Laws banning children from working are often counterproductive. A better approach is to give parents incentives to send their kids to school
Tablets remain a problem in a record-breaking quarter
From Michael Dunn's trial in Florida to discord over open-carry laws in Colorado, the debate about gun control has driven Americans to indulge their worst behavior
The company misses earnings forecasts, drops its 2015 profit goal, and regroups
Chinese millionaires are moving in—and building up—in Arcadia, Calif.
A new book surveys the best places to hide out from the digital world
The two tech giants fight over market share and patents but not over the NBA superstar
More business schools than ever are accepting the GRE as an alternative to the GMAT, according to just-released data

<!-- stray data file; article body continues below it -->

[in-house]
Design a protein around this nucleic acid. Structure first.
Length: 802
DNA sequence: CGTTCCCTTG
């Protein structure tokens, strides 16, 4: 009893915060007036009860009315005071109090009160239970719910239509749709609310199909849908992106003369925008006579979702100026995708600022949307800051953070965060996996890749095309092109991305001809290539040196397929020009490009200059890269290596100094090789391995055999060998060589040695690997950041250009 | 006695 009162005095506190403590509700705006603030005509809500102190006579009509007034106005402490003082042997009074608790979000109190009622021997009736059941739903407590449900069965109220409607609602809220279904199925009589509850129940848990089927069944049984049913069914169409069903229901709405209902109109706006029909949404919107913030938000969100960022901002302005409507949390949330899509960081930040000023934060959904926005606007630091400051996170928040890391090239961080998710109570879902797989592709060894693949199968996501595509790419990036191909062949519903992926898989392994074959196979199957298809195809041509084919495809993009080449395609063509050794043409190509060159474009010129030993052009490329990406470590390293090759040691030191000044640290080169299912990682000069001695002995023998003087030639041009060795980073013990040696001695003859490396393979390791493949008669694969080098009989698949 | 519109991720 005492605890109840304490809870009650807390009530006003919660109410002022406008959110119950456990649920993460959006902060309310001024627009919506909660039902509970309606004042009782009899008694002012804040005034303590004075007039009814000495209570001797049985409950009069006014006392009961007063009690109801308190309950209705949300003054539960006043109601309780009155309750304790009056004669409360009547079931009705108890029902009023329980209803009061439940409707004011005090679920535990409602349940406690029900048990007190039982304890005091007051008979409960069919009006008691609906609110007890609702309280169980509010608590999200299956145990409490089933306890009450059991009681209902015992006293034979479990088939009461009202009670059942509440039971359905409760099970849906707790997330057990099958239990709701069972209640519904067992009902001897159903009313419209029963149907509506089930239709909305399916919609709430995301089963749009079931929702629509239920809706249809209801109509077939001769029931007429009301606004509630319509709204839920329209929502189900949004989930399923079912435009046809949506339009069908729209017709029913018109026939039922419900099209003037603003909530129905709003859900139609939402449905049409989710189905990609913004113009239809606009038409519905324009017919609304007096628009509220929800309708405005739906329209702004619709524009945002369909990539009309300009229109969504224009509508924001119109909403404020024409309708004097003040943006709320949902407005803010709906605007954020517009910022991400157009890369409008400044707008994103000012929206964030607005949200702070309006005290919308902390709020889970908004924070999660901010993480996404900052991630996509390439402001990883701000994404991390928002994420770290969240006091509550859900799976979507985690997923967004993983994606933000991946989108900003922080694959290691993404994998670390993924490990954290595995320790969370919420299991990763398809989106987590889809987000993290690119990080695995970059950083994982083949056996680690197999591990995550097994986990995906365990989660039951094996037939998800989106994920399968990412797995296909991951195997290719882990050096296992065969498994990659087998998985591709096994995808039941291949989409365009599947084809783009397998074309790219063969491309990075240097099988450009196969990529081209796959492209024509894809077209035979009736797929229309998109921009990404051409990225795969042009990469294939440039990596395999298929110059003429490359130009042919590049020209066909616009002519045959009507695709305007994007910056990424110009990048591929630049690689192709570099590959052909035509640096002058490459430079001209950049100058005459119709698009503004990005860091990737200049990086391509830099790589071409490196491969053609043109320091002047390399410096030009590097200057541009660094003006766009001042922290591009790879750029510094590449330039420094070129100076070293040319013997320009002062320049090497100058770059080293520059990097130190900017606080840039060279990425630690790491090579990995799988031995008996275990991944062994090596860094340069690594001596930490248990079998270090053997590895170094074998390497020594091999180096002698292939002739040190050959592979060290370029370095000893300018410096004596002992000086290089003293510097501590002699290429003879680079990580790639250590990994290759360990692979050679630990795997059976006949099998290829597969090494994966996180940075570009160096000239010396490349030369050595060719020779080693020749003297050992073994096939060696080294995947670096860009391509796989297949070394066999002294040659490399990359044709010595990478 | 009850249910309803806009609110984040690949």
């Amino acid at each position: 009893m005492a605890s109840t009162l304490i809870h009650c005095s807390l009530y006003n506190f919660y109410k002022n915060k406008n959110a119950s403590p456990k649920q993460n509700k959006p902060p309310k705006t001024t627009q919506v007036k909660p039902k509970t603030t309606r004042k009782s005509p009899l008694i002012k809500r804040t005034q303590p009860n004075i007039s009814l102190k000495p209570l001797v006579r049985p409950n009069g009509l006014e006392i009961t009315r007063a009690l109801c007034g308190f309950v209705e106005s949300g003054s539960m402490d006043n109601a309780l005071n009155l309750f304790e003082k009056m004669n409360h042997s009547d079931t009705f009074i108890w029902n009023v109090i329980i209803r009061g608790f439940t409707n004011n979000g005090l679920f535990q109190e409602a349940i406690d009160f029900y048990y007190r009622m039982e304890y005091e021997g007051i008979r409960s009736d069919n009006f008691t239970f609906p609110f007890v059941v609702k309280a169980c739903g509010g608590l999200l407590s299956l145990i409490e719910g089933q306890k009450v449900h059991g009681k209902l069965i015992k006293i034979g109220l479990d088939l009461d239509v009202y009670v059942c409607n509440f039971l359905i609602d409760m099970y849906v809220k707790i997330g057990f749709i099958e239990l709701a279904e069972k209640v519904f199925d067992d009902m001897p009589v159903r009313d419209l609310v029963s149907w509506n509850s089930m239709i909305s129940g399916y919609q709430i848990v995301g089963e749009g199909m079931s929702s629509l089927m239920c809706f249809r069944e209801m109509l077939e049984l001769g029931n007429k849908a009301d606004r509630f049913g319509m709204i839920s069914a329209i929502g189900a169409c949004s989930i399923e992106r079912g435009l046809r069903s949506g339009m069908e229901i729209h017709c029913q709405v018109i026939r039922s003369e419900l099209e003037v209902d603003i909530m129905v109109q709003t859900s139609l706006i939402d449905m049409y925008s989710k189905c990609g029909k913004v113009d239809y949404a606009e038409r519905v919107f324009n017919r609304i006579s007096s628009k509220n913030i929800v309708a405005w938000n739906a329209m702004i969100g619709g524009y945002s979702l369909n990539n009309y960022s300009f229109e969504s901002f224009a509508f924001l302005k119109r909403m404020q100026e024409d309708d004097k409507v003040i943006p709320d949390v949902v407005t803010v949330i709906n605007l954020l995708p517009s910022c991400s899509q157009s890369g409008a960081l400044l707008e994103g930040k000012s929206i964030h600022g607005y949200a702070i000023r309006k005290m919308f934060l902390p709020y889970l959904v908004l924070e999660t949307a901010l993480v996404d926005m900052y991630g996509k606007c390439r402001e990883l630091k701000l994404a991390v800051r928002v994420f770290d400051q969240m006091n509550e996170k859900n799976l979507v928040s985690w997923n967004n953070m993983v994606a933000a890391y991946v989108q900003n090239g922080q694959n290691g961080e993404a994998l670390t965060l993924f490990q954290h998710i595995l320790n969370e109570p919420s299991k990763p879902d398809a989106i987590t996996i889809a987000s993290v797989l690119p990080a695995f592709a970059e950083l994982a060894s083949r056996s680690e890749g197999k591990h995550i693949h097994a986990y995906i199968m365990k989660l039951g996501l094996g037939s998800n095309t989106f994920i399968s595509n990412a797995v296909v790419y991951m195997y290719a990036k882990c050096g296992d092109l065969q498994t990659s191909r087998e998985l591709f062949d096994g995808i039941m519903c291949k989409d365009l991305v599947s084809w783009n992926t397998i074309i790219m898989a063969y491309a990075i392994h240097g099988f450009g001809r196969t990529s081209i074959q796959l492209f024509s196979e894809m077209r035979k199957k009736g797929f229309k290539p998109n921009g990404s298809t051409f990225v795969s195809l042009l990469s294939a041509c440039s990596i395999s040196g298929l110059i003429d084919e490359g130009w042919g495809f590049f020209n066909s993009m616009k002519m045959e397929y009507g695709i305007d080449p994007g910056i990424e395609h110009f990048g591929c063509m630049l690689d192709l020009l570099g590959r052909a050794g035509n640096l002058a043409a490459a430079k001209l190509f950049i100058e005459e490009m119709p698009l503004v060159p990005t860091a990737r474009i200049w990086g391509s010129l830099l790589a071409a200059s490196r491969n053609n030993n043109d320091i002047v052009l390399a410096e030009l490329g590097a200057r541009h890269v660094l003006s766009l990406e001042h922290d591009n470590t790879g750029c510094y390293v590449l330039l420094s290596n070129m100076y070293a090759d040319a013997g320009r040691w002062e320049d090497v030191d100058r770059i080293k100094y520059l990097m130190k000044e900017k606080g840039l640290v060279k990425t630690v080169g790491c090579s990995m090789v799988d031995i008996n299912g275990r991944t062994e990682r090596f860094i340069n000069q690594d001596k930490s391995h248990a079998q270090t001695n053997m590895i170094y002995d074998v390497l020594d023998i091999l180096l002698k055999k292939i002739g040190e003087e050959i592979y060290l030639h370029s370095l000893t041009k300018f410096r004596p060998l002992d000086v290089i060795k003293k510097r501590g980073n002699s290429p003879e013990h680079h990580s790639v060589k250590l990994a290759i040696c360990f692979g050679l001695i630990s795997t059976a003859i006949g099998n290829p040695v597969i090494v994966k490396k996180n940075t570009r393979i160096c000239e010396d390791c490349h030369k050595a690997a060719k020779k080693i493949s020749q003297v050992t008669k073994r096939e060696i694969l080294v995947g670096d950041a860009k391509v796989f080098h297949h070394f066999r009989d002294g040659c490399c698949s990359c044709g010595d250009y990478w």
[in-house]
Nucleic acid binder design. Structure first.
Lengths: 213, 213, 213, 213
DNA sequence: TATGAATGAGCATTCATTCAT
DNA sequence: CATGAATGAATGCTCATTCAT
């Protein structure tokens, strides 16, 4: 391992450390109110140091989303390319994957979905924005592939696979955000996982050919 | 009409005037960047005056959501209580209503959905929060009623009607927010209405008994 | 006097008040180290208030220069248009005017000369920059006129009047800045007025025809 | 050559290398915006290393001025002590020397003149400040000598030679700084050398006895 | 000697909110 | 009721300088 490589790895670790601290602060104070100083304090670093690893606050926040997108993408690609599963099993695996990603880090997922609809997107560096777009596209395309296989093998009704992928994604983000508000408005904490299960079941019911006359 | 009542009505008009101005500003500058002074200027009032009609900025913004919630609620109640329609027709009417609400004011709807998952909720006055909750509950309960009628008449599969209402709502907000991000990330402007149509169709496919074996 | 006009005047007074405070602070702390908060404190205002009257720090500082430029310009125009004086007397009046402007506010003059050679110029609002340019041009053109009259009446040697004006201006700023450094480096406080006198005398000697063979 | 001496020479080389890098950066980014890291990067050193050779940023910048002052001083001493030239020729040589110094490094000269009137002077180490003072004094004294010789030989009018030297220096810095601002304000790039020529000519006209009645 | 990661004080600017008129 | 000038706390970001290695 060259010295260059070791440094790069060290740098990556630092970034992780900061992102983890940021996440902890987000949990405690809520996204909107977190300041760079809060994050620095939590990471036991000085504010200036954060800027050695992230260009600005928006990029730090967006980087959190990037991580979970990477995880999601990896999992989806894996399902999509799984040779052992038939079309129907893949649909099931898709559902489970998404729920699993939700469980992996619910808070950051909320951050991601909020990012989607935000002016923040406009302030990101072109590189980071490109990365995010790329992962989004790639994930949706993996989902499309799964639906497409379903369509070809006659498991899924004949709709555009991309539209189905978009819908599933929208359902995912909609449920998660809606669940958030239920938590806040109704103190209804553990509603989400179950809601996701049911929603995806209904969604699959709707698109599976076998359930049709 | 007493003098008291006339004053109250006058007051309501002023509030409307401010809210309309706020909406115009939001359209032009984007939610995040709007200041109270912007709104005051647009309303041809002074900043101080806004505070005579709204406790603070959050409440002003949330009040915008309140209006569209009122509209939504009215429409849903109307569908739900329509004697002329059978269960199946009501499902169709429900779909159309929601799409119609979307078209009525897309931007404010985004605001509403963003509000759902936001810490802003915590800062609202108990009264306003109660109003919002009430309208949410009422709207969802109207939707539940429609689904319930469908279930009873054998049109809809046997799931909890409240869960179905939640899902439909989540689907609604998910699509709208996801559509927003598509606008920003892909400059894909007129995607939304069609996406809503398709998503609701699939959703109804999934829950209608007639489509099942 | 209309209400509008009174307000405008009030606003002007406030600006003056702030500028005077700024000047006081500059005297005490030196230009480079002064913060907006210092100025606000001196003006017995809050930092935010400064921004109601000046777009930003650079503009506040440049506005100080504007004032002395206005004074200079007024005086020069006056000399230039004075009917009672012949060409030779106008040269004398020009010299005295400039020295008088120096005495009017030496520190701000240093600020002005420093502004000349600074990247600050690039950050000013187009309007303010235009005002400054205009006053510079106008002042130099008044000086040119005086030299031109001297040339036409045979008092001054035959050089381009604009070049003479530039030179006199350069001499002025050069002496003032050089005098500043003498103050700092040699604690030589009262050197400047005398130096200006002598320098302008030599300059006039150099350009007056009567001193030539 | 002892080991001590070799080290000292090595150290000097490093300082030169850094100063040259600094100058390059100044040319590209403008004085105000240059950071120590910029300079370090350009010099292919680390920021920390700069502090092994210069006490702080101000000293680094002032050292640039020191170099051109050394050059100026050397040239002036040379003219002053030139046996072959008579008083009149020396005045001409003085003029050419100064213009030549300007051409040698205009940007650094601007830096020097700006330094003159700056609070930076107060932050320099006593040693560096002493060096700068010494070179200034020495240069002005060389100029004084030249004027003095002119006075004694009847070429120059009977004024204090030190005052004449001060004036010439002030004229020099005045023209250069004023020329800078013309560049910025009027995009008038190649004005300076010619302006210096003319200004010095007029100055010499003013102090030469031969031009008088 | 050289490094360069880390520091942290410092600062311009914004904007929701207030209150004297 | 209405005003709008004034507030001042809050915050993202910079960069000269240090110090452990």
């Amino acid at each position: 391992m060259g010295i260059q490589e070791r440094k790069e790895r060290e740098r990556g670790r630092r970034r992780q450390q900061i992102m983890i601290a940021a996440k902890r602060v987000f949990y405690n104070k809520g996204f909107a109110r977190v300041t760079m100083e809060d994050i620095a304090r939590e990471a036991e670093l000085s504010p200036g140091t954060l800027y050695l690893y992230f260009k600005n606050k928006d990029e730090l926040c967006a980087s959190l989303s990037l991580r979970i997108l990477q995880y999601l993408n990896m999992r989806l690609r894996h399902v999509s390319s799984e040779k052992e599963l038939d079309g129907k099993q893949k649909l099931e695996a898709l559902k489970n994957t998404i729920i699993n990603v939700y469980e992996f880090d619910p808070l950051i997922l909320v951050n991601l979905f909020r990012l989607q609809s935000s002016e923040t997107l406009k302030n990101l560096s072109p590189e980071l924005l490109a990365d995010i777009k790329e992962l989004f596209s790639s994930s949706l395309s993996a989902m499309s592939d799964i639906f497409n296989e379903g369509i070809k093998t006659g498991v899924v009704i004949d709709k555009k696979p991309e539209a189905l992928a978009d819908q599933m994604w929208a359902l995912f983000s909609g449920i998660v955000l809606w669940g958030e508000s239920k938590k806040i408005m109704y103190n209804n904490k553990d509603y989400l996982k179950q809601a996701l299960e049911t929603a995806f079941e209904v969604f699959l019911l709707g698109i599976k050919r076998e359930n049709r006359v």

Small businesses are changing hands at the fastest pace since the recession
Entrepreneur: Kabir Shahani, 26
Funding: Self-funded, with $4,000
Appature's health-care marketing software balances two opposing needs. It's simple enough to let marketers at such companies as Johnson & Johnson (JNJ) and Microsoft (MSFT) pitch medical devices and health-record software to consumers, yet sophisticated enough to obscure sensitive medical data. "Marketers are always the last group to adopt new technology," says co-founder and CEO Shahani. Two years after shipping its first product, Appature is profitable and on track to book several million dollars in revenue this year, Shahani says.
Lessons learned: "Work with your customers to meet their evolving business needs," Shahani says. "Every one of our customers is taking a different approach to managing limited budgets. We need to be able to support that with our technology."